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Legacy

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I’d been meaning to visit the website for about a month—ever since I’d heard about it on Freakonomics—but I just hadn’t found the time.  Then a link to Legacy.com appeared on my Facebook Timeline beside a thumbnail picture of Pat Kelly, the former Assistant Head of the Solomon Schechter School where I spent the first five years of my rabbinate. I’d planned to visit for research purposes; instead I must visit to leave a condolence message.

The thing that struck me when I first heard about Legacy.com is that they employ screeners to moderate these messages.  According to the Freakonomics report, “Legacy.com believes that a legacy truly is forever, and that it shouldn’t be sullied by inappropriate comments.”  This jibes with Jewish traditions regarding eulogies, as well as with the wisdom of mothers everywhere.  The rabbis of the Talmud discuss how to eulogize a not-so-nice person, concluding that one must not offer effusive praise that strains the credibility of both speaker and listeners. The podcast is definitely worth a listen, but I want to get back to what I found at the website.

I was surprised by how saddened I was to read of Pat’s death. She had lived a full life and, as a faithful Catholic had always believed that death was merely the beginning of a new chapter. In addition, Pat retired shortly after I moved away, and I hadn’t spoken to her in more than a decade.  So why did I find tears clouding my vision each time I sat down to work at the computer?

One of the last times I saw Pat, before I packed up my small office in the Middle School building, she gave me a framed card that I have kept in every office I have occupied since then.  I hadn’t realized how much her wish—written in her impeccable hand—had guided me through my years in the rabbinate. Pat’s presence in my life was palpable; her absence in this world difficult to accept.

When my son found me sniffling quietly as I stared at the computer screen, I told him that I was sad because an old friend and mentor had died. But I was also happy: reading a condolence message from Daniel S., I felt Pat was in the room with me.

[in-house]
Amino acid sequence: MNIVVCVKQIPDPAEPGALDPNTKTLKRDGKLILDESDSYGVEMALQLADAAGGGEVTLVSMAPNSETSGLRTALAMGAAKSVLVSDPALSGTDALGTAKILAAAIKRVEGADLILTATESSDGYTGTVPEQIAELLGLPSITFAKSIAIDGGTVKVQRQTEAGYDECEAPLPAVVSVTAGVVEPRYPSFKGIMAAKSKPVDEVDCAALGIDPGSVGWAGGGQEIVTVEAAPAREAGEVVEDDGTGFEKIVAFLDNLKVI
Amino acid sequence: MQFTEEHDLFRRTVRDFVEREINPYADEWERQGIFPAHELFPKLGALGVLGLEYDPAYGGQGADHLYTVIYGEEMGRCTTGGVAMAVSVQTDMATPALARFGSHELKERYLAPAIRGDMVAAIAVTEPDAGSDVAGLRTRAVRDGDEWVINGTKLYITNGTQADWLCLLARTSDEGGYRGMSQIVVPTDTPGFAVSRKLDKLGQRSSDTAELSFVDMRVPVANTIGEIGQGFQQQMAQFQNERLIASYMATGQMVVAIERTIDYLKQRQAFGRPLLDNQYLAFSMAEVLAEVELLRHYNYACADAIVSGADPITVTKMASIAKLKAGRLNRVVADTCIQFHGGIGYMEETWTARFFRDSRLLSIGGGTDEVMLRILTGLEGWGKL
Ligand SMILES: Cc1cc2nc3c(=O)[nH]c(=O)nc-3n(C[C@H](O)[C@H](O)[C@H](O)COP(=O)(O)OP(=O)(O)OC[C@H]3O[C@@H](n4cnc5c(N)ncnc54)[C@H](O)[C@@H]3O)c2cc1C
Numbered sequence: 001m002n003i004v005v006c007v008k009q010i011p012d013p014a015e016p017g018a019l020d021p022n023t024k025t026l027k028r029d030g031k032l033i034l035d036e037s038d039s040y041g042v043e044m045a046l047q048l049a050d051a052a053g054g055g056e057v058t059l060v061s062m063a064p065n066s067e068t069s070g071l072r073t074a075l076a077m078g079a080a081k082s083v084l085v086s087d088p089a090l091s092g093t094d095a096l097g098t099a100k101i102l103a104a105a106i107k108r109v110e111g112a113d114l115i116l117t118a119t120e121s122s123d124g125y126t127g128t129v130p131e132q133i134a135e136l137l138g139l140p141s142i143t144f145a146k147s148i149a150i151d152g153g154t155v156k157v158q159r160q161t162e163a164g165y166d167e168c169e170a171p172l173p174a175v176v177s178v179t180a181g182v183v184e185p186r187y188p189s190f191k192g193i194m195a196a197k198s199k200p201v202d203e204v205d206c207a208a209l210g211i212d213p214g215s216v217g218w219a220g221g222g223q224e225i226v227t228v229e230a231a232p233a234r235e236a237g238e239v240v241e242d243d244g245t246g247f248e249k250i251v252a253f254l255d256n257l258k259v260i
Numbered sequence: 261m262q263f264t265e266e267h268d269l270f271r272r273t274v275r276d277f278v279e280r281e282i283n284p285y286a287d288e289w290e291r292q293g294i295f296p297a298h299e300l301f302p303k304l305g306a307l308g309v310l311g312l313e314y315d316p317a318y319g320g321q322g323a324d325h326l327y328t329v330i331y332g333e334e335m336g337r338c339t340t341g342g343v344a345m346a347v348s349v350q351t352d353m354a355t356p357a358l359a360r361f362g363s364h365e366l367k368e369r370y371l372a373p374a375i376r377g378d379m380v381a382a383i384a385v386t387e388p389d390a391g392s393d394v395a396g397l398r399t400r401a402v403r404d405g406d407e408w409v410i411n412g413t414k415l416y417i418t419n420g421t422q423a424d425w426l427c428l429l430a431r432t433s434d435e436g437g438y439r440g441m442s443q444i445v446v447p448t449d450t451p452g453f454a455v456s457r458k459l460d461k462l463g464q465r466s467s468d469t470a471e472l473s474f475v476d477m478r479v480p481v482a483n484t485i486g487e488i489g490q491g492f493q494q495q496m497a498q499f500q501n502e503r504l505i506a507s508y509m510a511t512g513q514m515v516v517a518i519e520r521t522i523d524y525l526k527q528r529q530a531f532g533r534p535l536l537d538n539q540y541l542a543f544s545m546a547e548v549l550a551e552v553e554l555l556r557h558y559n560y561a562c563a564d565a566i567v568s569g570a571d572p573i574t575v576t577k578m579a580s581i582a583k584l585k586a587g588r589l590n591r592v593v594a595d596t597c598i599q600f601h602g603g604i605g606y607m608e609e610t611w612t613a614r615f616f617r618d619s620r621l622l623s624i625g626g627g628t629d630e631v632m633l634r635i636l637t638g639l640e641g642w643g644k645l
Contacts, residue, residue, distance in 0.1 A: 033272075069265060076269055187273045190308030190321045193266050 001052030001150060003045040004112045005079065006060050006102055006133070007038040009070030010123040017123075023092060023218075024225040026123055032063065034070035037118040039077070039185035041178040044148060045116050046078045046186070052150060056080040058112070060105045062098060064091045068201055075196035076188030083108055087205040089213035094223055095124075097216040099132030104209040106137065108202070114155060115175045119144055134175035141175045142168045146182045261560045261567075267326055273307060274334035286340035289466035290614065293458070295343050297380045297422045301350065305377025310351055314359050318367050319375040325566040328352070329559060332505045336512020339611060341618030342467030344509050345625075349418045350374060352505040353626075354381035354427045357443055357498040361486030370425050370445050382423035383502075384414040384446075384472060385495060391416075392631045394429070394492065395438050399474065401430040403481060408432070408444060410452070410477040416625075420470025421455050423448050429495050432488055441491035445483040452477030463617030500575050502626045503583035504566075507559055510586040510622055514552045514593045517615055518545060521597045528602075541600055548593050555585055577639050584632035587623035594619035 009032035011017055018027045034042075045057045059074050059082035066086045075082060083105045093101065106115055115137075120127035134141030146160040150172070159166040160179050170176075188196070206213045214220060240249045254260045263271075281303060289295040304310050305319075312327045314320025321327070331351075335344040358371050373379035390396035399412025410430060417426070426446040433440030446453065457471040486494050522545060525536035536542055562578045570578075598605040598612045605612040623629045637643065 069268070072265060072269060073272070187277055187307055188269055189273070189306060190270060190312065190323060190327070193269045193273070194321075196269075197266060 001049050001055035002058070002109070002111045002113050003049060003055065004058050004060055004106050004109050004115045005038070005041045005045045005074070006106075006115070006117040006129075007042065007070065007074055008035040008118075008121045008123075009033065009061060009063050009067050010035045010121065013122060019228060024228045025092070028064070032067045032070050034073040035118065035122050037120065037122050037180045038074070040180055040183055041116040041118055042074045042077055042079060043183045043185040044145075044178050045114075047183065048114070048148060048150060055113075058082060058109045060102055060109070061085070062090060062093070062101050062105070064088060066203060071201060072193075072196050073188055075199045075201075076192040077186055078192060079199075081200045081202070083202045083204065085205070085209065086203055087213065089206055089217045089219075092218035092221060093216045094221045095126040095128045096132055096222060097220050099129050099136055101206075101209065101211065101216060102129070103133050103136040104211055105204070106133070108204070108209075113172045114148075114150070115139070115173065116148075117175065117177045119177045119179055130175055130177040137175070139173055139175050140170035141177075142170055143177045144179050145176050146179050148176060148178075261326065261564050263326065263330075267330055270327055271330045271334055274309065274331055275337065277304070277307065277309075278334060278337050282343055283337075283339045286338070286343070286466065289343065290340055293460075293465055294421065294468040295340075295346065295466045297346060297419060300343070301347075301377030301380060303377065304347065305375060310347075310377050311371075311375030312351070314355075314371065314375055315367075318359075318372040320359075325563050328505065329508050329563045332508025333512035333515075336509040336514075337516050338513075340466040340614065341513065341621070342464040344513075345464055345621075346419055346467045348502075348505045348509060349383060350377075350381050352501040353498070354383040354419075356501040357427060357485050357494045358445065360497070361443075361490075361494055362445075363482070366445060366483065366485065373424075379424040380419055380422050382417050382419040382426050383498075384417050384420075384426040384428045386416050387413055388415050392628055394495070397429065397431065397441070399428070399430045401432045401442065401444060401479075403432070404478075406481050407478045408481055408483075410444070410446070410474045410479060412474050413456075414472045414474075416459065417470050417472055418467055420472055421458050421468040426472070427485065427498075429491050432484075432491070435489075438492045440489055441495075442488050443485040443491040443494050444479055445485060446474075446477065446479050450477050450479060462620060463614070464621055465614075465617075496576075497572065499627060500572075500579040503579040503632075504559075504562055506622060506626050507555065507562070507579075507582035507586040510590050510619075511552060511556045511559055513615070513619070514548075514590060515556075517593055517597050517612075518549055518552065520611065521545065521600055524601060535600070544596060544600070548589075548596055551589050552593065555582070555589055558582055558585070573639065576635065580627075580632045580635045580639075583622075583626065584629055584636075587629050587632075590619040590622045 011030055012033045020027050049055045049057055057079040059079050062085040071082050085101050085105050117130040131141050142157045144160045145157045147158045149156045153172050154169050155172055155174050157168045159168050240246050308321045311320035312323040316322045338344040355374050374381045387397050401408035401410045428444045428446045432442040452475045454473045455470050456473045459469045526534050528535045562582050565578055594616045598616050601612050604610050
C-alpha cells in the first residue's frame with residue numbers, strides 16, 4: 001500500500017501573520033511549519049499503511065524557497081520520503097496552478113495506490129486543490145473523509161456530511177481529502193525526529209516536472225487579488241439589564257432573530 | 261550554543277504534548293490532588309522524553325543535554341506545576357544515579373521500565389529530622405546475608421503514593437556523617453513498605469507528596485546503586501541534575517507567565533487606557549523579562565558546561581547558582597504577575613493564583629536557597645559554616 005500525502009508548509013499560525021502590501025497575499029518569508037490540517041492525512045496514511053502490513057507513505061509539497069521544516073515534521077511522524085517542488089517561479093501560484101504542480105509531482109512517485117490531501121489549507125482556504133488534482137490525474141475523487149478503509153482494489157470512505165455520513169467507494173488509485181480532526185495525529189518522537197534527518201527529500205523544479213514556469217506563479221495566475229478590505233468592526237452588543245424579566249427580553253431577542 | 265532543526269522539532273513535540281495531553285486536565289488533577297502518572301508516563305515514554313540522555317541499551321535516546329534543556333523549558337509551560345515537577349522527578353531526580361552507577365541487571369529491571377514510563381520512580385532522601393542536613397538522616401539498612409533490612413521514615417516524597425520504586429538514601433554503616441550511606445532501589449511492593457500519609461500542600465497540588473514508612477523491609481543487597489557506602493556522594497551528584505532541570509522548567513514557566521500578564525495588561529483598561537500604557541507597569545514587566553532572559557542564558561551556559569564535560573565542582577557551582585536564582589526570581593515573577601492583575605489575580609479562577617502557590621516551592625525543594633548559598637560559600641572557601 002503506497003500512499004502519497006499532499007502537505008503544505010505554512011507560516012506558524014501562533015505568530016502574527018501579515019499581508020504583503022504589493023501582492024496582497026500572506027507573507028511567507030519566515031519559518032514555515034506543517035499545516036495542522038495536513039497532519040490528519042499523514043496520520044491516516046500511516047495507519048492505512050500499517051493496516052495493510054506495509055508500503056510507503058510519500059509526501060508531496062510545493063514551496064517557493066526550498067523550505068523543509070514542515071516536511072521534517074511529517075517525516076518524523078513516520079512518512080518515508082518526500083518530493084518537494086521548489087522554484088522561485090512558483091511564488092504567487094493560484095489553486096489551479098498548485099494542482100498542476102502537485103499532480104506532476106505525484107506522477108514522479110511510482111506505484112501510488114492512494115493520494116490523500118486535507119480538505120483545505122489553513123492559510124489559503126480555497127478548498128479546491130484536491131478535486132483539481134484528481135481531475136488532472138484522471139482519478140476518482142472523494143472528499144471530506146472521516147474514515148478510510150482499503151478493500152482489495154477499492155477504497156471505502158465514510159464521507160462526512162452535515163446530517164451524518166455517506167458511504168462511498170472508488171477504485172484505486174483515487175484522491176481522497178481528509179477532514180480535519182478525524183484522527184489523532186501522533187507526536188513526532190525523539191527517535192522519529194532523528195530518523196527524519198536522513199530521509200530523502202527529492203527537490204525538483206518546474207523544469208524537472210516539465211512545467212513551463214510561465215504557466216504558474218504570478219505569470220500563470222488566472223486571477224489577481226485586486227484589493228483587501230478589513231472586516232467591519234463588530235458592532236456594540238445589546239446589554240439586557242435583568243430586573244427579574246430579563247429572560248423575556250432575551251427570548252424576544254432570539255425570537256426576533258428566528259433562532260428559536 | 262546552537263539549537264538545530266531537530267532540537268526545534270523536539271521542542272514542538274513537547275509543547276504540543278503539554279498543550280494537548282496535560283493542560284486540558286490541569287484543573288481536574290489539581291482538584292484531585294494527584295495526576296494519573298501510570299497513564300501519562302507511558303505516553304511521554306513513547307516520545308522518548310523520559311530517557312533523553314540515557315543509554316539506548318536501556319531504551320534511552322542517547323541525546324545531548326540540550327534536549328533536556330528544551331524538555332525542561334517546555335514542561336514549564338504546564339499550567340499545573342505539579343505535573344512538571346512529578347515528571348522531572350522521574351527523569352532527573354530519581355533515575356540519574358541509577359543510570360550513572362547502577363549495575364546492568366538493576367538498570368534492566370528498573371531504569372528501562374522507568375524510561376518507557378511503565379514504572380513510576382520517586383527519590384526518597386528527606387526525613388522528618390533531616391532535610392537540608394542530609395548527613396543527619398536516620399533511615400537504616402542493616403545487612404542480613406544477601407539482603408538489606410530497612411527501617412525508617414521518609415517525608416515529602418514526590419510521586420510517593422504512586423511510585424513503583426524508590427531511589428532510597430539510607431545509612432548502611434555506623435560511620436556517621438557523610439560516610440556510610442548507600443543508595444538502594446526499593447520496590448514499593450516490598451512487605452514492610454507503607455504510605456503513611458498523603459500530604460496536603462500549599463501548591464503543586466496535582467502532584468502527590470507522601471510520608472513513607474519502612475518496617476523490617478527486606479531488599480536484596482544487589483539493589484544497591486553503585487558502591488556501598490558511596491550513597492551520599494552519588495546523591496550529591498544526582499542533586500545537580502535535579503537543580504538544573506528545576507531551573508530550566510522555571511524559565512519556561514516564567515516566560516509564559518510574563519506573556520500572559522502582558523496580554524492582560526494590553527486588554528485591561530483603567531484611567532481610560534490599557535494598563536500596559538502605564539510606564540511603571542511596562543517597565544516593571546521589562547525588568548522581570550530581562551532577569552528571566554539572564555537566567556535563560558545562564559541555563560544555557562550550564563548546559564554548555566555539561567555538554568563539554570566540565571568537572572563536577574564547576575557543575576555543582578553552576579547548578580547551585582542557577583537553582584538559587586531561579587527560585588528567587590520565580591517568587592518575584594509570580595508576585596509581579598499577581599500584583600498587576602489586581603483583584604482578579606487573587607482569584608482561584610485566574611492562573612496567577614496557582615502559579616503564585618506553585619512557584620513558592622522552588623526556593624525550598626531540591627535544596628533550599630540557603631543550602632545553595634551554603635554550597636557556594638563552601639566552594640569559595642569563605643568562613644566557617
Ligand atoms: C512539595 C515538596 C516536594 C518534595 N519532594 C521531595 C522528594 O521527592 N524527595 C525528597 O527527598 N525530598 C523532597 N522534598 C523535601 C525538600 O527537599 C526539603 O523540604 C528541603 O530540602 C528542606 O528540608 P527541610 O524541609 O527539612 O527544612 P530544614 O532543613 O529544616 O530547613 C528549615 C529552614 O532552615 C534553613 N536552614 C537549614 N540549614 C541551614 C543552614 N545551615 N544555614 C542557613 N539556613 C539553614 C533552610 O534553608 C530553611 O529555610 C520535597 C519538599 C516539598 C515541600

Years ago, I was a troublemaker at Solomon Schechter School, and Mrs. Kelly was assigned to the task of helping me to straighten up and fly right. I dreaded being sent to her office. But over the years, she helped me to grow, giving me artwork assignments to decorate the school and helping me to discover the talents I had to offer to others. She saw the spark in me and nurtured it. Years later, when I taught at Schechter, she was a mentor and friend. I am truly saddened by the news of her passing. She was a wonderful and positive influence in my life, and shares credit for my being an elementary teacher today.

Legacy.com shares credit for connecting two people who didn’t know each other but knew Pat Kelly, and were inspired and nurtured by her.  For a brief moment, we were brought together to mourn her death, celebrate her life and bear witness to her legacy.

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Comments (2)

How sad that people would go to a legacy website and say inappropriate things! I love your line: “This jibes with Jewish traditions regarding eulogies, as well as with the wisdom of mothers everywhere. ” If everyone listened to his/her mom, the world would be a much more polite place.

Pat Kelly sounds like she was a blessing in others’ lives. I love the card.

The true blessing was that I encountered Pat Kelly early in my rabbinate, when I was young and in need of a mentor, but old enough to appreciate what a gift her friendship and counsel was. Later, when I was a teacher & mentor to younger colleagues, I thought of her often and asked myself “what would Pat Kelly do? often. Thanks for reading & commenting on the piece, Ginny!

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